NMR and biomolecules on interfaces
NMR investigations of the interactions of biomolecules with interfaces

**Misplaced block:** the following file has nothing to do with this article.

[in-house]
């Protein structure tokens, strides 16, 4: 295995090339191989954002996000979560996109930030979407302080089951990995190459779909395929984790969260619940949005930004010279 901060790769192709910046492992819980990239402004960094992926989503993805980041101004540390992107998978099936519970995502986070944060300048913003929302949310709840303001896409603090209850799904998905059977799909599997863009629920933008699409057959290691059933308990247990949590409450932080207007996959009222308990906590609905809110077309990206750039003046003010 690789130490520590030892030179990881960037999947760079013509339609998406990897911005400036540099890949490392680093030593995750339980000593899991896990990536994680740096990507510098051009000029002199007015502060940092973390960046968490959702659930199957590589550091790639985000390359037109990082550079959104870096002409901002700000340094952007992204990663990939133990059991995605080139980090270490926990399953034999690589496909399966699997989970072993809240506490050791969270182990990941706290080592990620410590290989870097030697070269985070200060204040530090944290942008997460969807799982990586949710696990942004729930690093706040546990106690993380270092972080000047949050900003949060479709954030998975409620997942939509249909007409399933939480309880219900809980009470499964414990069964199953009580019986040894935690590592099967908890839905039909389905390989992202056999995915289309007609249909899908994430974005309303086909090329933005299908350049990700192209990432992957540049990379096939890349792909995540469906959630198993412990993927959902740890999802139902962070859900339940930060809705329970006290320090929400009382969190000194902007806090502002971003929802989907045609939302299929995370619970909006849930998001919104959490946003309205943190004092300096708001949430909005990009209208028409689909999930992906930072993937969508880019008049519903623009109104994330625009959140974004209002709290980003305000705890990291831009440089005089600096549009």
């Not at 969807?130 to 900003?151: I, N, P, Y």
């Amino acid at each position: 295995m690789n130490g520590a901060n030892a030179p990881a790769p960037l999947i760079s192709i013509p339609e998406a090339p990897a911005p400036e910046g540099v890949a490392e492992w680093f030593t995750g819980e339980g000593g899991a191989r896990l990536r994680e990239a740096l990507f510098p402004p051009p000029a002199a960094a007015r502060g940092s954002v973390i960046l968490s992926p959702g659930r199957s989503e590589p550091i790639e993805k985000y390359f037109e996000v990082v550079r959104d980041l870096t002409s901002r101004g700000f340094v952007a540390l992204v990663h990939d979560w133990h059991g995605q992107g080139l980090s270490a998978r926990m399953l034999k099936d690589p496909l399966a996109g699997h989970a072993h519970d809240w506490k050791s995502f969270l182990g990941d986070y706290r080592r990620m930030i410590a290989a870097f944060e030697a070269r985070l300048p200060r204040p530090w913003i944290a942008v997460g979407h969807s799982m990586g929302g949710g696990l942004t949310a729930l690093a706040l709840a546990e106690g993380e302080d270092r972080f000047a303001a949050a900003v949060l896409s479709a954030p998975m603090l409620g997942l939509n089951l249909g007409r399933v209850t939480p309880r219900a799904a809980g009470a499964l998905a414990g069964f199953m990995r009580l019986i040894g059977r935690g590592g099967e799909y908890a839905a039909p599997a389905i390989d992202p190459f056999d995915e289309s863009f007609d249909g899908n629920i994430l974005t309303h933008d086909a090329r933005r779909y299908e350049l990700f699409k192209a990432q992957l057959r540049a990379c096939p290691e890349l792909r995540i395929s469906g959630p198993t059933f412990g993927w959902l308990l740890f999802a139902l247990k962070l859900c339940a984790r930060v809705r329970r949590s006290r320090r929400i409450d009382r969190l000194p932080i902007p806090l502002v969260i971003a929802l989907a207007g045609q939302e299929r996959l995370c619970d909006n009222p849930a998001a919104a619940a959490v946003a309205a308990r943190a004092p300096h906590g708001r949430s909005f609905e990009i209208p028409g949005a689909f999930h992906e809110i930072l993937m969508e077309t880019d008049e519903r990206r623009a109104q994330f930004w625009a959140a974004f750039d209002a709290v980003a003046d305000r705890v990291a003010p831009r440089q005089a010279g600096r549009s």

The transport of small molecules like drugs through cell membranes requires the crossing of several hydrophilic and lipophilic barriers. For this reason a characterization of the partitioning of small molecules into membrane bilayers is of paramount importance in e.g. drug development. Liquid-state NMR spectroscopy is an effective tool for providing high-resolution information on the structure and dynamics of biological compounds under near native conditions. In order to model the native membrane condition, membranes can be reconstituted into synthetic bilayers composed of phospholipids. Liposomes of aqueous dispersions of 1,2-dimyristoyl-sn-glycero-3-phosphocholine (DMPC) e.g. can be utilized to model the bilayer: If the size of the liposome is small enough and a rapid molecular reorientation occurs, narrow and isotropic NMR resonances are obtained. Both homonuclear and heteronuclear Overhauser enhancement spectroscopy (NOESY and HOESY, resp.) can then be used to establish the location and the dynamics of small molecules in the phospholipid bilayer. In combination with measurements of the spin-spin relaxation rates as well as the diffusion behavior (Figure 1) of membrane molecules, a complete description of the dynamics of the membrane components is accessible. The study of the location and dynamics of water in the lipid requires 1H magic-angle spinning (MAS) NMR spectra: Two dimensional NMR exchange spectra under MAS then serve to differentiate between slowly exchanging interlamellar and bulk water, thus revealing new molecular-level information about model biological membranes. Another strategy to elucidate the interaction of biomolecules with interfaces exploits the inherent anisotropies of the system. While under conditions of rapid molecular reorientation, the dipolar couplings are averaged out to zero, they are partially retained as residual dipolar couplings (RDC) in systems comprising immobilized compounds like peptides located in membranes or bound to nanoparticles. The RDCs are measurable as additive anisotropic contributions to the isotropic spin-spin couplings of the peptides and serve to distinguish and quantify bound (immobilized) from unbound (freely reorienting) peptides. This strategy can be helpful to optimize affinity chromatographic separations like e.g. IMAC.